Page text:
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Flyhunter Origins

For: iPhone   Also on: Android, iPad, PS Vita, Steam

Beautiful debugging

Product: Flyhunter Origins | Developer: Steel Wool Games | Publisher: Ripstone | Format: iPhone | Genre: Arcade, Platform | Players: 1 | Version: Europe | App version: 1.0.0
Flyhunter Origins iPhone, thumbnail 1
While the rest of the games world returns to the raw pixels of yesteryear for its platformers, Steel Wool Games has gone in the opposite direction.

Flyhunter Origins
is a triumph of smartphone gaming animation, which isn't altogether surprising given that actual Pixar animators are the driving force behind it.

But astonishing graphics are almost suspicious these days. We've been dazzled by them too many times in the past when they've been employed to camouflage lacklustre gameplay. So how does Flyhunter Origins pan out if we play it with our artistic eyes closed?

Actually, we're pleased to say, pretty well. Though we must admit that try as we might, it's damn hard to see past these stunning visuals.

It 'swat' you wanted

Zak is a tiny space janitor who gets to sweep the spaceship while everyone else enjoys a peaceful journey in cryogenic sleep.

While enjoying having the ship to himself, Zak accidentally jettisons the crew and the ship's cargo of giant. So you're drafted to help him head out in a one-man landing party to Earth to collect them back up.

Armed with a trusty flyswatter and a jetpack, your task is simple and classic. You're trekking through a familiar viewed-from-the-side macro-environment of large plants and even larger insects, jumping and double jumping - thanks to the jet pack - around the leaves and warrens in search of things to collect.

When you drill down into the gameplay, that's mostly all there is to it. The levels aren't particularly elaborate in their design. Things are nicely broken up by the occasional third-person racing moment, much as you might have enjoyed in the Sega Saturn classic Nights.

So no, it's not overly challenging in that respect, but this return to time-honoured platform gaming isn't at all unwelcome.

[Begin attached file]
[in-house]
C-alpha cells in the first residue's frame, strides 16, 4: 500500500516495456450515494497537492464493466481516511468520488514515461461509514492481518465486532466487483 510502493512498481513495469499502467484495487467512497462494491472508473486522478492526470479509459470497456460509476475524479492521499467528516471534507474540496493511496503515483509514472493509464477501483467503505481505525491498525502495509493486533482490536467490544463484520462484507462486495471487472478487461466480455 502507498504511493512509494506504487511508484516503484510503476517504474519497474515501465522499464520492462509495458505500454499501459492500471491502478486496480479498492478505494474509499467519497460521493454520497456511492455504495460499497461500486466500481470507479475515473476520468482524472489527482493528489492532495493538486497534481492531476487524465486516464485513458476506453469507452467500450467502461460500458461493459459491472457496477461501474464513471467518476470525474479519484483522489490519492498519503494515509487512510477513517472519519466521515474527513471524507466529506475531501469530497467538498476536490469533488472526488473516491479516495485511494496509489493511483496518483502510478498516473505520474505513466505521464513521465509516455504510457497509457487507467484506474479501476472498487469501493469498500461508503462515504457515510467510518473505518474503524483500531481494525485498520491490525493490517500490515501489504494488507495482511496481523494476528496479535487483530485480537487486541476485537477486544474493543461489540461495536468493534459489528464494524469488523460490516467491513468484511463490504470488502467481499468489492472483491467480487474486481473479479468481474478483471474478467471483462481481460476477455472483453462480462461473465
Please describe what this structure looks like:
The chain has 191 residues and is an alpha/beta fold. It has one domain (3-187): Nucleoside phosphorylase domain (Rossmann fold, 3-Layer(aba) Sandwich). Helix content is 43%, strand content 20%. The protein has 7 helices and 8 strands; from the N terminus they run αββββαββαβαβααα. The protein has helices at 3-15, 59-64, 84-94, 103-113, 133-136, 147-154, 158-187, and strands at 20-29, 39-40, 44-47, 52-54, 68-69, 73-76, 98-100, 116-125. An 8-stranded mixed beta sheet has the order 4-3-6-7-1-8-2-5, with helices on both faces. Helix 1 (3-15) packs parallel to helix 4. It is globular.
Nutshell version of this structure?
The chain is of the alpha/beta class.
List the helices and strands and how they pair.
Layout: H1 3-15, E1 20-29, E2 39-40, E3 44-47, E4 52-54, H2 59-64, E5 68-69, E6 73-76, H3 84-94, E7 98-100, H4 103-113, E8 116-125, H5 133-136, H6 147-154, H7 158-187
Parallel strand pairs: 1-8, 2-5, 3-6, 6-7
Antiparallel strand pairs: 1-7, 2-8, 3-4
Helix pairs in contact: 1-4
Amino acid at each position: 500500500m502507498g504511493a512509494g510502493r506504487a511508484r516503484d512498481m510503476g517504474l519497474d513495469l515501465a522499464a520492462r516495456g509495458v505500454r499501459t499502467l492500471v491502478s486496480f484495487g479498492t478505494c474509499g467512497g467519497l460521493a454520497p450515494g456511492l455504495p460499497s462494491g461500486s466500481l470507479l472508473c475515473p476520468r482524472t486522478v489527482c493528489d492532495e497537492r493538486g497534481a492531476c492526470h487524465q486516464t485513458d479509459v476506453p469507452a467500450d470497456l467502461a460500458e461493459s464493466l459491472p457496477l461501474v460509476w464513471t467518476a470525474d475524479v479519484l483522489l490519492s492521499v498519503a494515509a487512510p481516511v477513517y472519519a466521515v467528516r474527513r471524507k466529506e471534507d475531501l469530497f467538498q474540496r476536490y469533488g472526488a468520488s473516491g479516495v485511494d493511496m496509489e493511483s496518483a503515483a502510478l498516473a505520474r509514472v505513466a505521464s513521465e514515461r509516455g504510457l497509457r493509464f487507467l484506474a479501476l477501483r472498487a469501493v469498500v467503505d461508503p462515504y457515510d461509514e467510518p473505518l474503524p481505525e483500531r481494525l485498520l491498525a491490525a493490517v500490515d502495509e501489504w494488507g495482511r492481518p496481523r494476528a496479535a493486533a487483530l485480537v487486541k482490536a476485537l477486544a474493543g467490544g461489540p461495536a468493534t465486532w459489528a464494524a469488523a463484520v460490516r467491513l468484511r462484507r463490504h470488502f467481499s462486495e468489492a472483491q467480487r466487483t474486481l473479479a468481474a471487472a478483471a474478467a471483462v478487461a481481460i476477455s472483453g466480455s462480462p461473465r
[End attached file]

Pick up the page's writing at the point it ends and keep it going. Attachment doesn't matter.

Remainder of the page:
Flyhunter Origins isn't hiding anything behind nostalgic gameplay. It's clear that it was intended to revive the efforts of Nights, or Donkey Kong Country, or even the likes of the Kirby and Mario games.

It's a love letter to platformers of 15 years hence, and it achieves its goal with style. A lot of style.

As snug as a bug

The gameplay might be targeting a very specific demographic, but the look of Flyhunter Origins has universal appeal. You can see from the moment it loads that the force of passion behind the game comes from animators as much as game designers.

The environments look great, but it really shines in its ability to tell a story and deliver a character you want to embrace.

Zak isn't unlike the Minions of Dispicable Me, but his personality is very much his own. His antics are delivered with impeccable comedic timing, and his movements are fluid and impressively organic.

If we recommended buying a game purely based on graphics and animation, Flyhunter Origins would be at the top of such a superficial list.

Indeed, it's easy to see why it's called Origins, as the main character is easily capable of spawning a cult following that will want to know more about him (and to collect his plush toys).

Flyhunter Origins is a circa 2000 platformer in every respect, which the PS2 generation will find especially appealing. It's graphical quality and style of gameplay screams of a gaming era that's yet to fully enjoy a wide revival, and if any game could spark that renaissance, this is it.

But it comes at a price many won't be willing to pay. Not in terms of the actual pound notes, but in giving up a gigabyte of download time and storage space, and committing to a game that places console-heavy demands on your level of dedication.

Flyhunter Origins
is a game you'd expect to play in the living room, not on the train, and therefore feels a little cumbersome in the pocket.

That said, we feel ungrateful rebuffing production levels of this quality. Anyone who's okay with such an epic download is likely to be equally okay with the gameplay.

And yet, if you balk at a grabbing a gig's worth of game from the App Store, it's probably not for you.
Flyhunter Origins
Reviewer photo
Spanner Spencer | 18 November 2014
A dazzling game that plays about half as well as it looks, but it does look absolutely incredible. If you can stomach installing a massive file like this, you’ll find plenty to enjoy
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